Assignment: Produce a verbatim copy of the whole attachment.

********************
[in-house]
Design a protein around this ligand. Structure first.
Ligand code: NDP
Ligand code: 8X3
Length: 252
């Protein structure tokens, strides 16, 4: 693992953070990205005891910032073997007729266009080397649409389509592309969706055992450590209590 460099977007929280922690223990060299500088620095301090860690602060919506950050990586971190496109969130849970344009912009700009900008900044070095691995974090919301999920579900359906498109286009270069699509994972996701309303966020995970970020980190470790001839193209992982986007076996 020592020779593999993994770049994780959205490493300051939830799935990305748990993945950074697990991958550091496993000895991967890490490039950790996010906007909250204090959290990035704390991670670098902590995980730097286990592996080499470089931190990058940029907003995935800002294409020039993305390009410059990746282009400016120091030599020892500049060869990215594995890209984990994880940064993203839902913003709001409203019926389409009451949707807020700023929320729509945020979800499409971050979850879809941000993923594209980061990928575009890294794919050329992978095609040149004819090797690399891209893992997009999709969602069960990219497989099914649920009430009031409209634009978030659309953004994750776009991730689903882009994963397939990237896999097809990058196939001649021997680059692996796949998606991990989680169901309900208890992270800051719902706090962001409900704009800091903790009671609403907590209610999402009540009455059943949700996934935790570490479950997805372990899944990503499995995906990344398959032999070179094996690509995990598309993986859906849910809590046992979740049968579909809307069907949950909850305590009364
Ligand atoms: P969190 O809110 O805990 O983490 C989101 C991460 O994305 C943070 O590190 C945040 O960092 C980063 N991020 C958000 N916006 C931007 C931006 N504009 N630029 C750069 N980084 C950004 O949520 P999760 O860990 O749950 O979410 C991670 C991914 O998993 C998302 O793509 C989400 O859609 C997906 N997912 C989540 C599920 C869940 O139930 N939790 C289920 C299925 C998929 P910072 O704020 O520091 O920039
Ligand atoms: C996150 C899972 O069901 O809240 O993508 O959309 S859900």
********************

[in-house]
Design a protein around this ligand. Structure first.
Ligand code: NDP
Ligand code: 8X3
Length: 252
């Protein structure tokens, strides 16, 4: 693992953070990205005891910032073997007729266009080397649409389509592309969706055992450590209590 460099977007929280922690223990060299500088620095301090860690602060919506950050990586971190496109969130849970344009912009700009900008900044070095691995974090919301999920579900359906498109286009270069699509994972996701309303966020995970970020980190470790001839193209992982986007076996 020592020779593999993994770049994780959205490493300051939830799935990305748990993945950074697990991958550091496993000895991967890490490039950790996010906007909250204090959290990035704390991670670098902590995980730097286990592996080499470089931190990058940029907003995935800002294409020039993305390009410059990746282009400016120091030599020892500049060869990215594995890209984990994880940064993203839902913003709001409203019926389409009451949707807020700023929320729509945020979800499409971050979850879809941000993923594209980061990928575009890294794919050329992978095609040149004819090797690399891209893992997009999709969602069960990219497989099914649920009430009031409209634009978030659309953004994750776009991730689903882009994963397939990237896999097809990058196939001649021997680059692996796949998606991990989680169901309900208890992270800051719902706090962001409900704009800091903790009671609403907590209610999402009540009455059943949700996934935790570490479950997805372990899944990503499995995906990344398959032999070179094996690509995990598309993986859906849910809590046992979740049968579909809307069907949950909850305590009364
Ligand atoms: P969190 O809110 O805990 O983490 C989101 C991460 O994305 C943070 O590190 C945040 O960092 C980063 N991020 C958000 N916006 C931007 C931006 N504009 N630029 C750069 N980084 C950004 O949520 P999760 O860990 O749950 O979410 C991670 C991914 O998993 C998302 O793509 C989400 O859609 C997906 N997912 C989540 C599920 C869940 O139930 N939790 C289920 C299925 C998929 P910072 O704020 O520091 O920039
Ligand atoms: C996150 C899972 O069901 O809240 O993508 O959309 S859900």